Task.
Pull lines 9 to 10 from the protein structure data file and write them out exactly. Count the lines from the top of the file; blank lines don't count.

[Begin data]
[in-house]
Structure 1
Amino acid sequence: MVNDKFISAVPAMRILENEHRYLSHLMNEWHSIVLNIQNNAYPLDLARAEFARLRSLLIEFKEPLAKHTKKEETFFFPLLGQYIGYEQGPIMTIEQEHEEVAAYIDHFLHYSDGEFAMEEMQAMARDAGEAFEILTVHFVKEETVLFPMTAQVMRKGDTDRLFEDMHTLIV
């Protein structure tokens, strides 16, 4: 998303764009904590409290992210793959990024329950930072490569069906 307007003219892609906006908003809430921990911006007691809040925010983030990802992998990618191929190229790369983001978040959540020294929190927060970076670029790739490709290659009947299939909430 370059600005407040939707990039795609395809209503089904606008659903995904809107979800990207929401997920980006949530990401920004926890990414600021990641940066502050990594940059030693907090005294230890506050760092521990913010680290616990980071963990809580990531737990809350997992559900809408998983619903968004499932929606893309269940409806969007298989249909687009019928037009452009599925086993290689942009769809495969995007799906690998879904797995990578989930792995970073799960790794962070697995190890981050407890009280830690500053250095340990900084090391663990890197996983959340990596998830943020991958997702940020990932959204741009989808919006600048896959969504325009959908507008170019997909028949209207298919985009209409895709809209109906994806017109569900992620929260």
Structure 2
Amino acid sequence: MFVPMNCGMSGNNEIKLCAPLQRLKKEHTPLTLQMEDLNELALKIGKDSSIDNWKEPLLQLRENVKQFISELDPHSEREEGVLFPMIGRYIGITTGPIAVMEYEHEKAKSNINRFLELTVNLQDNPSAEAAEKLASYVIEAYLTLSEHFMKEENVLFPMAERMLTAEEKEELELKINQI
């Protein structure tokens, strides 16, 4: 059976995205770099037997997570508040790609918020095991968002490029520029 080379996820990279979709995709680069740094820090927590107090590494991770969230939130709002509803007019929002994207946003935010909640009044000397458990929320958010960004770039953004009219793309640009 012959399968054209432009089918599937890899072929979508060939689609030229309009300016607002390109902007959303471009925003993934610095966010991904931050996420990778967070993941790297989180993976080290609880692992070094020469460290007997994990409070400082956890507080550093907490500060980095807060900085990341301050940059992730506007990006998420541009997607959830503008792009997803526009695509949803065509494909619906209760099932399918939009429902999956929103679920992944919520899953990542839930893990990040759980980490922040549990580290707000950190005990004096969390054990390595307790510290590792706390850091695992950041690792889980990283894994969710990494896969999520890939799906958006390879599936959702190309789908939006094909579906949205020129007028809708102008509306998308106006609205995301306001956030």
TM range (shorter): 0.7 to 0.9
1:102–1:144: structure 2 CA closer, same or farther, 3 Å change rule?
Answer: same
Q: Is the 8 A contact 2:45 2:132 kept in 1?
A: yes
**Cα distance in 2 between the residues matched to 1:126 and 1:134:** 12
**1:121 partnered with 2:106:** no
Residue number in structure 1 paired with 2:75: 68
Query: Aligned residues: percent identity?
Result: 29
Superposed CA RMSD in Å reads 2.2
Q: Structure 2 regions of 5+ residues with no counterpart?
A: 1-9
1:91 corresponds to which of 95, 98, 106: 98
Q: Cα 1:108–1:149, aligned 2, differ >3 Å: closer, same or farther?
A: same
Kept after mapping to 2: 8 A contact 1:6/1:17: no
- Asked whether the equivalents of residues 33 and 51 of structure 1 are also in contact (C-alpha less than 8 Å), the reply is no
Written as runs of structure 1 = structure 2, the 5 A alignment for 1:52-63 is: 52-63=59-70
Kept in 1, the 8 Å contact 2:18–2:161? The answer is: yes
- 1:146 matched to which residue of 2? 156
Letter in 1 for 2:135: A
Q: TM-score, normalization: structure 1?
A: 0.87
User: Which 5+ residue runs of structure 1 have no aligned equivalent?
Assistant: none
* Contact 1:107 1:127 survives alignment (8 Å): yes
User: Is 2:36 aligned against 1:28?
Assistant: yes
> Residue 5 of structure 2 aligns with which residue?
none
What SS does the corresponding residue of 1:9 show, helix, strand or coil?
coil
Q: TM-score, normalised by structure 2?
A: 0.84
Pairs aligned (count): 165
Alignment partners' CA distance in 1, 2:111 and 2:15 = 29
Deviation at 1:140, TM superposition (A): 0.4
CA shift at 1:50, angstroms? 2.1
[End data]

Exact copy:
1:102–1:144: structure 2 CA closer, same or farther, 3 Å change rule?
Answer: same